Minneapolis is fairly rich for local internship opportunities, from the Army Corp of Engineers to transportation planning; Oslund and Associates often has an intern every year. The strong relationship between the department and working professionals has helped facilitate connections for students.

Professional Practice Class

Made up of solely landscape architects, this course has traditionally covered the usual topics from entrepreneurship to business management by bringing local practitioners in to speak as a way for students to understand the different models of practice. People from three main groups are targeted: the ‘bottom,’ which are fresh graduates new to the working world; the ‘middle’, designers who are often project managers with eight to ten years of experience; and the ‘top,’ the principals of a firm.

Student Organizations

There are two active student groups, the ASLA MN Student Chapter and the Students for Design Activism. The ASLA MN Student Chapter recently hosted their first-ever student picnic, inviting all the MLA students as well as undergraduates pursuing a Bachelors of Environmental Design—a degree that easily leads into a MLA—at Minnehaha Falls, where they also hosted a successful Design Olympics.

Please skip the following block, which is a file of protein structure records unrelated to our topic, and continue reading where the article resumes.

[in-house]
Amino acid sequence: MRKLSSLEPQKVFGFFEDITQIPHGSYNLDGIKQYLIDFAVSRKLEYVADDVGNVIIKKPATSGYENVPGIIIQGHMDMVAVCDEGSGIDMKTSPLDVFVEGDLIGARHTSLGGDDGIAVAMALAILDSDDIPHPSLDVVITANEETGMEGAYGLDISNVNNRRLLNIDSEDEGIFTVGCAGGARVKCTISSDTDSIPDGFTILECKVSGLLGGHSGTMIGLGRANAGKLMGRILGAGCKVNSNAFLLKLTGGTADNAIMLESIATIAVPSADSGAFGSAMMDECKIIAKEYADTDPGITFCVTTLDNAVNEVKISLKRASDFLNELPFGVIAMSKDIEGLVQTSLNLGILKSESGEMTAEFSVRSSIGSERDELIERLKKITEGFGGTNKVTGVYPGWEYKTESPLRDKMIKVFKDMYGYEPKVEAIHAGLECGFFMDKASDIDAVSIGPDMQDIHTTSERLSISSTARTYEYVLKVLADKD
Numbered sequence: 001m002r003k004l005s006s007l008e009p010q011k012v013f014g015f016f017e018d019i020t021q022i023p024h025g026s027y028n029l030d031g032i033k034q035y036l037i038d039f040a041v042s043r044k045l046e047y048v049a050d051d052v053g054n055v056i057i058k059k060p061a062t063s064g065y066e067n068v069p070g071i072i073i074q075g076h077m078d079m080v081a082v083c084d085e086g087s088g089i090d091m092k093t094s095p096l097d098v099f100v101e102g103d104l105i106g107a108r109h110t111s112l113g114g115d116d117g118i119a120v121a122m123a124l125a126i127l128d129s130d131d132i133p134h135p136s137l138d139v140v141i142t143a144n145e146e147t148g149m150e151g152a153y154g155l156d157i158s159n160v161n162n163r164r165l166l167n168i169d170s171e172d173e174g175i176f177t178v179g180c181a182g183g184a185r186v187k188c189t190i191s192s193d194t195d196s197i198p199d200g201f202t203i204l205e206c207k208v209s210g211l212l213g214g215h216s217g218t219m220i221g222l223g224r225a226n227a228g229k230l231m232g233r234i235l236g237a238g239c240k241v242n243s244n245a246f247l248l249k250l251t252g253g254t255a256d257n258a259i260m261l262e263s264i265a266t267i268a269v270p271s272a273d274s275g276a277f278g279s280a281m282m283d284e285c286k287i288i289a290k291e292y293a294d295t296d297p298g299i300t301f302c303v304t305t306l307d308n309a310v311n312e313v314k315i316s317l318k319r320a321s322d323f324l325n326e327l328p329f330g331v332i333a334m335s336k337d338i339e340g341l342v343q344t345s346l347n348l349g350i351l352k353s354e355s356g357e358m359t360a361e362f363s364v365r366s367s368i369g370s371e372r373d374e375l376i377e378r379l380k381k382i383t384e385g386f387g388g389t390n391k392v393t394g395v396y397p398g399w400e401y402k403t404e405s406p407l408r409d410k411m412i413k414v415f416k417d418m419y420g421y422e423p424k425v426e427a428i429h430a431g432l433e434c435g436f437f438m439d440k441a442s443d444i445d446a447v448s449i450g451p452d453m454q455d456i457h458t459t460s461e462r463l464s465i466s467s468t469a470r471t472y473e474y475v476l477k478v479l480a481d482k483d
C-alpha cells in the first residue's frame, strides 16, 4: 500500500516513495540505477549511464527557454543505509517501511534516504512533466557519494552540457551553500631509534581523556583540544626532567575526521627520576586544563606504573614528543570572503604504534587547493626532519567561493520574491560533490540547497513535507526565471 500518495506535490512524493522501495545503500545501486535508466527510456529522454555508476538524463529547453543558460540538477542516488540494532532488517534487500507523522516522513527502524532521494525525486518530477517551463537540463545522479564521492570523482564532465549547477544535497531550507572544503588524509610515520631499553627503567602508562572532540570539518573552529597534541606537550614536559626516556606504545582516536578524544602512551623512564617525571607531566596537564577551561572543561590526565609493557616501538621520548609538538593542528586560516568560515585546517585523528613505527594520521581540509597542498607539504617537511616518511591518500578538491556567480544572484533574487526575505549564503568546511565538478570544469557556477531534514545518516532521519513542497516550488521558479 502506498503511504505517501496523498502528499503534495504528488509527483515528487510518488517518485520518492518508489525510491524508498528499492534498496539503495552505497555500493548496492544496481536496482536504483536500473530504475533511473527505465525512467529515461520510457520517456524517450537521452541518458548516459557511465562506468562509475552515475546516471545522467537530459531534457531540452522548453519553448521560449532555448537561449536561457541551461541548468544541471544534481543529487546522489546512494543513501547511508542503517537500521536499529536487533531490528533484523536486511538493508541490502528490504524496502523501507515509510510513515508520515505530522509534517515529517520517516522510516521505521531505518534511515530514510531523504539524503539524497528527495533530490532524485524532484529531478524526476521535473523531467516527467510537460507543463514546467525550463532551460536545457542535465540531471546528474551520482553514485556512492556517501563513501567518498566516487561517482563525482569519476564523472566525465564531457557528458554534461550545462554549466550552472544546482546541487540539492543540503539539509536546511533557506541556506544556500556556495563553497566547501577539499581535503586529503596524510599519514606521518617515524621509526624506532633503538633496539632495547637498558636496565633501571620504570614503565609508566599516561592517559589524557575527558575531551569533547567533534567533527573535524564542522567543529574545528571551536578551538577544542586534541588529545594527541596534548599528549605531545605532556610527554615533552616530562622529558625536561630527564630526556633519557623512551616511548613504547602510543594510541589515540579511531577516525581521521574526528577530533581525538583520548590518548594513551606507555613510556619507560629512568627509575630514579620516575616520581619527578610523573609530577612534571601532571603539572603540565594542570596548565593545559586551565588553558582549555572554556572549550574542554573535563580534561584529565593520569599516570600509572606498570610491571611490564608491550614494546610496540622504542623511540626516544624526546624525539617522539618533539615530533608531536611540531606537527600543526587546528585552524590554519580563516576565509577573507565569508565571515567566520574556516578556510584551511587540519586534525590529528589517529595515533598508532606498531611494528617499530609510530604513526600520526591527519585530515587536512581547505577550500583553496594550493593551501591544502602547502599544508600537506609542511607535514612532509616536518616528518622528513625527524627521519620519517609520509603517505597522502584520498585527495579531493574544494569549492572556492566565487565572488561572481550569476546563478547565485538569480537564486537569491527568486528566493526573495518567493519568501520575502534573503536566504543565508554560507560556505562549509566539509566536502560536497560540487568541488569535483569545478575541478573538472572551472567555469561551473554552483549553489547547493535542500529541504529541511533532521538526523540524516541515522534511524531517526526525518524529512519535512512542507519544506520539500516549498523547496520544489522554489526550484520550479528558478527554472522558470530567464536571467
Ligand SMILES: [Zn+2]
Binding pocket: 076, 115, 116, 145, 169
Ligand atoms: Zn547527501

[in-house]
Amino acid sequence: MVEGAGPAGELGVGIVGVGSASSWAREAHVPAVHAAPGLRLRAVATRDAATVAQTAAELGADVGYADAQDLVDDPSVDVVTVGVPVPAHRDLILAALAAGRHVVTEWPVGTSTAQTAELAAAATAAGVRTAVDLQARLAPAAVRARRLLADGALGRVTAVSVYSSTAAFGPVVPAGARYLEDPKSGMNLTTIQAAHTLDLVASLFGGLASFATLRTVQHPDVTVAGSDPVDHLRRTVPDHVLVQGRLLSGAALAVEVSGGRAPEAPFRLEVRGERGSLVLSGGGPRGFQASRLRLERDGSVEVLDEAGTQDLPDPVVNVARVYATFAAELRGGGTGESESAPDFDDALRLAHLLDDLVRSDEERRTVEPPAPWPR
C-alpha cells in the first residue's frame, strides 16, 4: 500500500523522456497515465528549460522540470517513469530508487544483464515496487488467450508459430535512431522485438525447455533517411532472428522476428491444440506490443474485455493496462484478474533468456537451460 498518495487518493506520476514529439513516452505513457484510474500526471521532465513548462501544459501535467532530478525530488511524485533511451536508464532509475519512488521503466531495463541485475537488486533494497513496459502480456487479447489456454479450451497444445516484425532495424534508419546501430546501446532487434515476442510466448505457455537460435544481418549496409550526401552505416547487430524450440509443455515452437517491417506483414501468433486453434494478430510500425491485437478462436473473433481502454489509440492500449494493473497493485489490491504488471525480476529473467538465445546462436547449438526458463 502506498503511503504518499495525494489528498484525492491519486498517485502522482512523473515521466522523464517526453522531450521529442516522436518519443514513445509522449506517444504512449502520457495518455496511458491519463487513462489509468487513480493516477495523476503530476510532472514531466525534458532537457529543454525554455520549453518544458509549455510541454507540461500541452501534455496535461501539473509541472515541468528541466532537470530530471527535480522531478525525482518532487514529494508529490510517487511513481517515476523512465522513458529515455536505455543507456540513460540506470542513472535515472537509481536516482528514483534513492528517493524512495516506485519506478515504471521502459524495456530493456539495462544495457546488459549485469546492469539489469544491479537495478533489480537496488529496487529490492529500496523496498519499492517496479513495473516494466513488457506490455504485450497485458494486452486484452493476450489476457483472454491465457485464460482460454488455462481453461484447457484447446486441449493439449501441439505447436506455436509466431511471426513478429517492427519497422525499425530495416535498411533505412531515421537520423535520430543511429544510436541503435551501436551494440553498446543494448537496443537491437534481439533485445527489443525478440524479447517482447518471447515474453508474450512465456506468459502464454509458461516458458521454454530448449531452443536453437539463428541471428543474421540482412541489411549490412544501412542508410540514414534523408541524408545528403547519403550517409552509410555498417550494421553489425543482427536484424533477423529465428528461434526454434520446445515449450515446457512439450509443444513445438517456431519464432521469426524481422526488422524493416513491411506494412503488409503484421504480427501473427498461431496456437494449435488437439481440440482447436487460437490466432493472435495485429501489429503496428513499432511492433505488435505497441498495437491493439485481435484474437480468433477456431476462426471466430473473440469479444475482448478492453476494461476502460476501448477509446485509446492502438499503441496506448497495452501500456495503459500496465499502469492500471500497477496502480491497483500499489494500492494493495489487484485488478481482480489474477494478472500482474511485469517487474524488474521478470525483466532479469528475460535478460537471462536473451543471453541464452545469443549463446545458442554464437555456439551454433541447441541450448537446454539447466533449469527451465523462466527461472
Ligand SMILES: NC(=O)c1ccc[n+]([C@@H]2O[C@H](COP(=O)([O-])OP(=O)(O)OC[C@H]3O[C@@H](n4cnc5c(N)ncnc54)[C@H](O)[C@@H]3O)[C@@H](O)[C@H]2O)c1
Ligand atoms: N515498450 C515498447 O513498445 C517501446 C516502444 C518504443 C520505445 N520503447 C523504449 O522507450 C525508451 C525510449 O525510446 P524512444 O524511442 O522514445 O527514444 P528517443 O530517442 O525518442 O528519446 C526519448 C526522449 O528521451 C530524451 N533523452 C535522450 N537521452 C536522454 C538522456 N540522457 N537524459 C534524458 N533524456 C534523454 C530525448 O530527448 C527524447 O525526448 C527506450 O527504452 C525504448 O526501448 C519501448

Students for Design Activism is an organization originally founded by landscape architecture students, however, it is run collaboratively with architecture students and students of other design disciplines. The aim of this organization focuses on volunteer work and community design/build projects, such as their recent Bicycle Pasture project, in which they received a grant to turn a vacant piece of land into a social hub and bicycle gathering space.

Building Resources

One of the major benefits of being housed within the College of Design is the access to resources. Nowhere else have I seen the same amount of digital resources available—from the 3,500 square foot wood workshop to the imaging lab to the digital fabrication lab and computer lab to even the library housed in the new addition, there is an abundance of shared resources.